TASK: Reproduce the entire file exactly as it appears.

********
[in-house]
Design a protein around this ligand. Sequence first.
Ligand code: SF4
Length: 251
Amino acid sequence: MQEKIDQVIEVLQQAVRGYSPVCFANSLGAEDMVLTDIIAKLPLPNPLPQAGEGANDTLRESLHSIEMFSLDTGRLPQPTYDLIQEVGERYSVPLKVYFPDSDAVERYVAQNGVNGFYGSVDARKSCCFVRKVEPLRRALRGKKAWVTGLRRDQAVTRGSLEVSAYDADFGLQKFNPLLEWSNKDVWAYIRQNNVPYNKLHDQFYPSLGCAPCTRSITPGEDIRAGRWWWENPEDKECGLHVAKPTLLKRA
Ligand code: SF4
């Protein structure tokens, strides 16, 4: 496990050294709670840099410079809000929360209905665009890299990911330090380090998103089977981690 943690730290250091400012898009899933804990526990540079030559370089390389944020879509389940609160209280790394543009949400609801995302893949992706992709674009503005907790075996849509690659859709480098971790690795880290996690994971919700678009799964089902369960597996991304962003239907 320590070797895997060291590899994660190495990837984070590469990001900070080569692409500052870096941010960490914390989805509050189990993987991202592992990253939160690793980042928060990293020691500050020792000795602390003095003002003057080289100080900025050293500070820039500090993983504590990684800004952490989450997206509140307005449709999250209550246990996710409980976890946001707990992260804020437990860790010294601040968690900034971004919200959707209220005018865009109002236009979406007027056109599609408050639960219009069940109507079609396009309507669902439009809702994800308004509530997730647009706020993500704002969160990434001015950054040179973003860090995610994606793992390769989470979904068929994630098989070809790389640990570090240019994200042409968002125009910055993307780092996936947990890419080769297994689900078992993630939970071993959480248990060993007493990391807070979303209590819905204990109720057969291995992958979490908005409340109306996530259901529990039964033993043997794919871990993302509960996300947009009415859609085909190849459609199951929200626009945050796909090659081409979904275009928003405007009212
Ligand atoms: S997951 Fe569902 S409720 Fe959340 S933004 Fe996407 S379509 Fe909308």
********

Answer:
[in-house]
Design a protein around this ligand. Sequence first.
Ligand code: SF4
Length: 251
Amino acid sequence: MQEKIDQVIEVLQQAVRGYSPVCFANSLGAEDMVLTDIIAKLPLPNPLPQAGEGANDTLRESLHSIEMFSLDTGRLPQPTYDLIQEVGERYSVPLKVYFPDSDAVERYVAQNGVNGFYGSVDARKSCCFVRKVEPLRRALRGKKAWVTGLRRDQAVTRGSLEVSAYDADFGLQKFNPLLEWSNKDVWAYIRQNNVPYNKLHDQFYPSLGCAPCTRSITPGEDIRAGRWWWENPEDKECGLHVAKPTLLKRA
Ligand code: SF4
């Protein structure tokens, strides 16, 4: 496990050294709670840099410079809000929360209905665009890299990911330090380090998103089977981690 943690730290250091400012898009899933804990526990540079030559370089390389944020879509389940609160209280790394543009949400609801995302893949992706992709674009503005907790075996849509690659859709480098971790690795880290996690994971919700678009799964089902369960597996991304962003239907 320590070797895997060291590899994660190495990837984070590469990001900070080569692409500052870096941010960490914390989805509050189990993987991202592992990253939160690793980042928060990293020691500050020792000795602390003095003002003057080289100080900025050293500070820039500090993983504590990684800004952490989450997206509140307005449709999250209550246990996710409980976890946001707990992260804020437990860790010294601040968690900034971004919200959707209220005018865009109002236009979406007027056109599609408050639960219009069940109507079609396009309507669902439009809702994800308004509530997730647009706020993500704002969160990434001015950054040179973003860090995610994606793992390769989470979904068929994630098989070809790389640990570090240019994200042409968002125009910055993307780092996936947990890419080769297994689900078992993630939970071993959480248990060993007493990391807070979303209590819905204990109720057969291995992958979490908005409340109306996530259901529990039964033993043997794919871990993302509960996300947009009415859609085909190849459609199951929200626009945050796909090659081409979904275009928003405007009212
Ligand atoms: S997951 Fe569902 S409720 Fe959340 S933004 Fe996407 S379509 Fe909308």